Peter Cohen and David Pocost, co-owners of Stringbean Coffee Company in St. Louis, Mo., let their progressive values lead the way for their products. The Fair Trade and organic specialty coffee company sponsors an orangutan in Indonesia, and acts in support of local groups and causes with equal enthusiasm. Cohen told Daily Coffee News, “Our business model is Ben and Jerry’s.”
It seems to be working out for them quite well. The company founded in a garage in 2011 has recently upgraded its production environs for the third time, growing from a previous space just shy of 700 square feet into one more than three times that size.
The new 2,200-square-foot Stringbean roastery in Brentwood includes a 1950s-diner-inspired tasting room that not only hosts prospective wholesale clients but also the general public for events that range in function from coffee educational to recreational and musical. The space will host live music, yoga, roasting demos, tastings, group bike ride launches, and whatever else might bring the local community together for a wholesome time.
“It has a groovy, rock-n-roll vibe,” Cohen said of the facility that features a refurbished vintage gas pump and musician-themed artwork on the walls surrounding counters equipped with a La Marzocco Linea Mini, Chemex and siphon brewers, a Yama cold brew tower, and more.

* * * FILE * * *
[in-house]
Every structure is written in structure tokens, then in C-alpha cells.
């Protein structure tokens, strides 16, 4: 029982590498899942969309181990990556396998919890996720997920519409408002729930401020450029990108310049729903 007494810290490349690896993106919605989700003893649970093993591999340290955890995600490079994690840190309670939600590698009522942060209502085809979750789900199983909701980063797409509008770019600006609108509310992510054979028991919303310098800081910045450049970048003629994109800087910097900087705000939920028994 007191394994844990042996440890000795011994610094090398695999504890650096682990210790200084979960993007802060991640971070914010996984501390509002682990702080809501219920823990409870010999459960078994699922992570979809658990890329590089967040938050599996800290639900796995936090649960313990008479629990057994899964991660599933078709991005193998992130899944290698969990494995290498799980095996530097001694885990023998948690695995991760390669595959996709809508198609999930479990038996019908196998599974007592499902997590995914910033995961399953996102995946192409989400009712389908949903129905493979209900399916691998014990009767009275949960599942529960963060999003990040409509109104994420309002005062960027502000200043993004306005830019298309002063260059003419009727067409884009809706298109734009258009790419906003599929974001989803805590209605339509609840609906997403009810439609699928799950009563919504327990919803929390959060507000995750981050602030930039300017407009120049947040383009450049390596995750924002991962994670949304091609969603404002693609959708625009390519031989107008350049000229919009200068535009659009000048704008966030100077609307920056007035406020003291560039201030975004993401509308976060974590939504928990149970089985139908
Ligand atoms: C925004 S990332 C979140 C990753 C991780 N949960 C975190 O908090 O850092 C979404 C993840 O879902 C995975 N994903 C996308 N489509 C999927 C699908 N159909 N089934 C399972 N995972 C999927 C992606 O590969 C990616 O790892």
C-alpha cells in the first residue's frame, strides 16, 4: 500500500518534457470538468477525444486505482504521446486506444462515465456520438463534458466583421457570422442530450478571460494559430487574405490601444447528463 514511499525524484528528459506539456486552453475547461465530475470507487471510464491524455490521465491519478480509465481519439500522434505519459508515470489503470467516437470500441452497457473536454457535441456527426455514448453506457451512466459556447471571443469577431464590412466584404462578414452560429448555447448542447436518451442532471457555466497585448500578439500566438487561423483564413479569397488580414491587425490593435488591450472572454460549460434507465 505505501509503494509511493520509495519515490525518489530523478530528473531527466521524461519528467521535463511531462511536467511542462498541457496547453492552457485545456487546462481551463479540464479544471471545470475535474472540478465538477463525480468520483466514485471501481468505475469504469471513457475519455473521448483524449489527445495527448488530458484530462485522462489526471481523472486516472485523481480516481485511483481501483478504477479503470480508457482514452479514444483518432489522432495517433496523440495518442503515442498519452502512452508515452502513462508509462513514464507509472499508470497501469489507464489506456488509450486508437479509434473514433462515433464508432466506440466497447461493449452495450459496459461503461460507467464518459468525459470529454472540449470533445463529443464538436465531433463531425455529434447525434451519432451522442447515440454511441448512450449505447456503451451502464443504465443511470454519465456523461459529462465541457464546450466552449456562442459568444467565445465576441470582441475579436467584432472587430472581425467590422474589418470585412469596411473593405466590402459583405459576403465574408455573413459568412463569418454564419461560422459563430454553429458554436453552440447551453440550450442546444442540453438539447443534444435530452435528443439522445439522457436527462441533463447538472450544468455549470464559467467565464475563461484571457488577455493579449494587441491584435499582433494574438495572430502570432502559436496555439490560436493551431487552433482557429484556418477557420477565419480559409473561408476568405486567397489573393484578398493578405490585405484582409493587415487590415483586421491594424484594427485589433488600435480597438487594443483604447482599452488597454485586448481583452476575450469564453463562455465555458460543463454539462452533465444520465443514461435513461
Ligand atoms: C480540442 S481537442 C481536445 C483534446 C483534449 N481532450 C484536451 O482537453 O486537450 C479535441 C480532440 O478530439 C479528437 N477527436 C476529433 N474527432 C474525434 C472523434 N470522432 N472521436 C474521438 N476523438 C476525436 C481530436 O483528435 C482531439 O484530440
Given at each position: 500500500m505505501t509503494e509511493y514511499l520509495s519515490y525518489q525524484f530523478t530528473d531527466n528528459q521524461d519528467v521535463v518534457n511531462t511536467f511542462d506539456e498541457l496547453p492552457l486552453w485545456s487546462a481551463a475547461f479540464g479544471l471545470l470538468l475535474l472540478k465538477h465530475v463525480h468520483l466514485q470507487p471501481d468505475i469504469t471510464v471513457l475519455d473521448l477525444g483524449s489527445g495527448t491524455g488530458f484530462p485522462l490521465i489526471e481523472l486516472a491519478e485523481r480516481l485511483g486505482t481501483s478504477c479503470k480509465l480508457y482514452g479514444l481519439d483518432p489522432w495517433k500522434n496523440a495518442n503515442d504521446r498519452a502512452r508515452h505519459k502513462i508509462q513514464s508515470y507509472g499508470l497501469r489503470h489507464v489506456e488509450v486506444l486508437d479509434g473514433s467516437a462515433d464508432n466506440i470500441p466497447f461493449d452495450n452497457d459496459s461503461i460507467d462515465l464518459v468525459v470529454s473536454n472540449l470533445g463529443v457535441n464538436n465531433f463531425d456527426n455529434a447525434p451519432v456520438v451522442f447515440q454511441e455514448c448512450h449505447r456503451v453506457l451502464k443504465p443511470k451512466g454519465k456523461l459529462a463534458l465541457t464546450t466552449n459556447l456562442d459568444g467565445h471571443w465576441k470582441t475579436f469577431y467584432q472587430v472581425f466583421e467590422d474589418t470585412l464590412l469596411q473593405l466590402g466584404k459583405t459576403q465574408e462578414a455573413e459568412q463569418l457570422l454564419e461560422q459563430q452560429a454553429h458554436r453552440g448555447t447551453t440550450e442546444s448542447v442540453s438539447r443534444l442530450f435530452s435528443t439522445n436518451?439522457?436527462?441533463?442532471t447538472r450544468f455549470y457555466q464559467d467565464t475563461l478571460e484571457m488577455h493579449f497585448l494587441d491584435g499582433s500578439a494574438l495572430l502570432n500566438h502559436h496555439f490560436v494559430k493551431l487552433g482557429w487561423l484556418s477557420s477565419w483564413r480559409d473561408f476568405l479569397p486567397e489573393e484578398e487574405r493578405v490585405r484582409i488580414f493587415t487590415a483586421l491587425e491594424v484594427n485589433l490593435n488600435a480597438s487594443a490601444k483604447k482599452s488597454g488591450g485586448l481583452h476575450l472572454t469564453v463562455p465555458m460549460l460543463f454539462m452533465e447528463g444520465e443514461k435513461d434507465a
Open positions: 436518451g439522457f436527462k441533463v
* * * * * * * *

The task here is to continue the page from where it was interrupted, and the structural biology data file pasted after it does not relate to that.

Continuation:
The “string” element of the company’s name of course takes after those found on guitars and basses. “The plan all along was guitars and coffee,” Cohen said of the dual focus that has evolved to include the manufacture and sale of their own line of guitars and basses, a line which currently includes nine instruments with several more in development.
“The bodies are being built in Missouri. I get the necks and hardware from all over the country, and they’re built and assembled in St. Louis to my specifications,” said Cohen, who’s just as proud of the original Soul Train disco ball — in use on the show from 1972-1978, during which time it might have reflected down upon Michael Jackson’s first broadcasted moonwalk, according to Cohen — that hangs over their roaster as he is of the 25-pound-capacity San Franciscan itself.
Greens sourced with help from Coffee Holding Company and Organic Products Trading Company (OPTCO) are brought to full sweetness and origin character expression in the medium-light to medium-dark range, stopping well short of the emergence of any burnt notes.
“We follow the bean. We don’t do anything super light or super dark,” Cohen said of the Stringbean roasting aesthetic. “We’re not fans of the first-crack, third-wave ultra-light stuff.”
In their new digs, Stringbean Coffee intends to continue growing its whole-bean retail and wholesale business, which now includes more than 100 stores and clients, while doubling down on their commitment to being a connected and vibrant member of the St. Louis food scene.
“Will we have café? We don’t know. Right now it’s David and I, there are 22 coffee roasters around St. Louis and we’re the old guys,” said Cohen. “We are living the dream, and we’re having fun doing it.”